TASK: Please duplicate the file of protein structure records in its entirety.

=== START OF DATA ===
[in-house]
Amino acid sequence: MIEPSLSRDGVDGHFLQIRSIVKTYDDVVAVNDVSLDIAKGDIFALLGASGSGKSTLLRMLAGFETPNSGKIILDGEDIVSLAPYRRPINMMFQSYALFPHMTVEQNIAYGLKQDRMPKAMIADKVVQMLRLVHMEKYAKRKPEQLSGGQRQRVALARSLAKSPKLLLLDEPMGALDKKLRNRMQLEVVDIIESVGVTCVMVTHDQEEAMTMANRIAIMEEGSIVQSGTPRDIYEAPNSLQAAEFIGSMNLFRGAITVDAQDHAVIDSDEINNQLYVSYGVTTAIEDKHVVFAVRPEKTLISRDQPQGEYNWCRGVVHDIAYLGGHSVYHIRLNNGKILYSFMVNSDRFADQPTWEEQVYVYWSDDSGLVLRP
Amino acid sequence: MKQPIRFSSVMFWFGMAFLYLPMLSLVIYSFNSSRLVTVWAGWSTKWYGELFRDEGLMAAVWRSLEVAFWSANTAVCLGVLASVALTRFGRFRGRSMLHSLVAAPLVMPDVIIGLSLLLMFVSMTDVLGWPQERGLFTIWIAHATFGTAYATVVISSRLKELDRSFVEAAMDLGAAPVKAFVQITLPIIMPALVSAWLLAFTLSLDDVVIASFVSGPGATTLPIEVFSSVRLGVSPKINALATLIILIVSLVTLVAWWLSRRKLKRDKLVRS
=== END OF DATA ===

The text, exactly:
[in-house]
Amino acid sequence: MIEPSLSRDGVDGHFLQIRSIVKTYDDVVAVNDVSLDIAKGDIFALLGASGSGKSTLLRMLAGFETPNSGKIILDGEDIVSLAPYRRPINMMFQSYALFPHMTVEQNIAYGLKQDRMPKAMIADKVVQMLRLVHMEKYAKRKPEQLSGGQRQRVALARSLAKSPKLLLLDEPMGALDKKLRNRMQLEVVDIIESVGVTCVMVTHDQEEAMTMANRIAIMEEGSIVQSGTPRDIYEAPNSLQAAEFIGSMNLFRGAITVDAQDHAVIDSDEINNQLYVSYGVTTAIEDKHVVFAVRPEKTLISRDQPQGEYNWCRGVVHDIAYLGGHSVYHIRLNNGKILYSFMVNSDRFADQPTWEEQVYVYWSDDSGLVLRP
Amino acid sequence: MKQPIRFSSVMFWFGMAFLYLPMLSLVIYSFNSSRLVTVWAGWSTKWYGELFRDEGLMAAVWRSLEVAFWSANTAVCLGVLASVALTRFGRFRGRSMLHSLVAAPLVMPDVIIGLSLLLMFVSMTDVLGWPQERGLFTIWIAHATFGTAYATVVISSRLKELDRSFVEAAMDLGAAPVKAFVQITLPIIMPALVSAWLLAFTLSLDDVVIASFVSGPGATTLPIEVFSSVRLGVSPKINALATLIILIVSLVTLVAWWLSRRKLKRDKLVRS